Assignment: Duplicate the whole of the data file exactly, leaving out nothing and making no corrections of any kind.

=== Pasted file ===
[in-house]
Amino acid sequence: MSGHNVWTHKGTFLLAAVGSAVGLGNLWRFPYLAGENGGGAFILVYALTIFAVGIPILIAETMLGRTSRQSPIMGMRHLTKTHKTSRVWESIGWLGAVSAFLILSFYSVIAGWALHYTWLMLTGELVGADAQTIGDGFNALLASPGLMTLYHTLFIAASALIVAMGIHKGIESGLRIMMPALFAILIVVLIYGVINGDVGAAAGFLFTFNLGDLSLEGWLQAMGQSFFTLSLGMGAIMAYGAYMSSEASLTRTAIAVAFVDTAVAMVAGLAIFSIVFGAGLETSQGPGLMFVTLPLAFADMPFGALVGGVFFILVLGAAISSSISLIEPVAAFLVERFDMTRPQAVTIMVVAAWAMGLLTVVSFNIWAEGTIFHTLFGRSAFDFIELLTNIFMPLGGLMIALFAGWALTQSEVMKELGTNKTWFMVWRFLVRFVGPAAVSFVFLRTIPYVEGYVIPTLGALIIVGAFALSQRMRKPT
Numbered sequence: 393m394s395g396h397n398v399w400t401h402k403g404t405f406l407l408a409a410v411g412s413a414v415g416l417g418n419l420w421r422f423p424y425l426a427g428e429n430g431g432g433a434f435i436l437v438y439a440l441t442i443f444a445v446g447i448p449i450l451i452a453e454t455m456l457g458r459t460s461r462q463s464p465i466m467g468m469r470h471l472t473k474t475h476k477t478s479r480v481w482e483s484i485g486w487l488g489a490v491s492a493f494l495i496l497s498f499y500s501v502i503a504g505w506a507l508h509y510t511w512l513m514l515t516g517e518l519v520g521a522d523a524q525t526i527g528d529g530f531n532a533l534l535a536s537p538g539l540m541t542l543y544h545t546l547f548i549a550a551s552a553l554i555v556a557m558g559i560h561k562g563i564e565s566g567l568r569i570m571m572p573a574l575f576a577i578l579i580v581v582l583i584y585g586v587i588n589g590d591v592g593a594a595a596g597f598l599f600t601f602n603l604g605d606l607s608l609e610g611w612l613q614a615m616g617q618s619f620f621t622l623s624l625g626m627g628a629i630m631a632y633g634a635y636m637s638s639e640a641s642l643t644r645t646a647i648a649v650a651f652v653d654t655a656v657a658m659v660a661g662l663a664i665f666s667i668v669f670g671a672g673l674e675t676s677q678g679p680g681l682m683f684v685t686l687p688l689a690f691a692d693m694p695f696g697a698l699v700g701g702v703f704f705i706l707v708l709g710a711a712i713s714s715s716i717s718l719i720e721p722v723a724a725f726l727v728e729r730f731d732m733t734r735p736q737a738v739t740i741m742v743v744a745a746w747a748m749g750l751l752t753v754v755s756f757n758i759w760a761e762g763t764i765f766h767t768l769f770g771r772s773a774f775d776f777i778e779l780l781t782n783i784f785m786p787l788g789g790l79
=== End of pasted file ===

[in-house]
Amino acid sequence: MSGHNVWTHKGTFLLAAVGSAVGLGNLWRFPYLAGENGGGAFILVYALTIFAVGIPILIAETMLGRTSRQSPIMGMRHLTKTHKTSRVWESIGWLGAVSAFLILSFYSVIAGWALHYTWLMLTGELVGADAQTIGDGFNALLASPGLMTLYHTLFIAASALIVAMGIHKGIESGLRIMMPALFAILIVVLIYGVINGDVGAAAGFLFTFNLGDLSLEGWLQAMGQSFFTLSLGMGAIMAYGAYMSSEASLTRTAIAVAFVDTAVAMVAGLAIFSIVFGAGLETSQGPGLMFVTLPLAFADMPFGALVGGVFFILVLGAAISSSISLIEPVAAFLVERFDMTRPQAVTIMVVAAWAMGLLTVVSFNIWAEGTIFHTLFGRSAFDFIELLTNIFMPLGGLMIALFAGWALTQSEVMKELGTNKTWFMVWRFLVRFVGPAAVSFVFLRTIPYVEGYVIPTLGALIIVGAFALSQRMRKPT
Numbered sequence: 393m394s395g396h397n398v399w400t401h402k403g404t405f406l407l408a409a410v411g412s413a414v415g416l417g418n419l420w421r422f423p424y425l426a427g428e429n430g431g432g433a434f435i436l437v438y439a440l441t442i443f444a445v446g447i448p449i450l451i452a453e454t455m456l457g458r459t460s461r462q463s464p465i466m467g468m469r470h471l472t473k474t475h476k477t478s479r480v481w482e483s484i485g486w487l488g489a490v491s492a493f494l495i496l497s498f499y500s501v502i503a504g505w506a507l508h509y510t511w512l513m514l515t516g517e518l519v520g521a522d523a524q525t526i527g528d529g530f531n532a533l534l535a536s537p538g539l540m541t542l543y544h545t546l547f548i549a550a551s552a553l554i555v556a557m558g559i560h561k562g563i564e565s566g567l568r569i570m571m572p573a574l575f576a577i578l579i580v581v582l583i584y585g586v587i588n589g590d591v592g593a594a595a596g597f598l599f600t601f602n603l604g605d606l607s608l609e610g611w612l613q614a615m616g617q618s619f620f621t622l623s624l625g626m627g628a629i630m631a632y633g634a635y636m637s638s639e640a641s642l643t644r645t646a647i648a649v650a651f652v653d654t655a656v657a658m659v660a661g662l663a664i665f666s667i668v669f670g671a672g673l674e675t676s677q678g679p680g681l682m683f684v685t686l687p688l689a690f691a692d693m694p695f696g697a698l699v700g701g702v703f704f705i706l707v708l709g710a711a712i713s714s715s716i717s718l719i720e721p722v723a724a725f726l727v728e729r730f731d732m733t734r735p736q737a738v739t740i741m742v743v744a745a746w747a748m749g750l751l752t753v754v755s756f757n758i759w760a761e762g763t764i765f766h767t768l769f770g771r772s773a774f775d776f777i778e779l780l781t782n783i784f785m786p787l788g789g790l79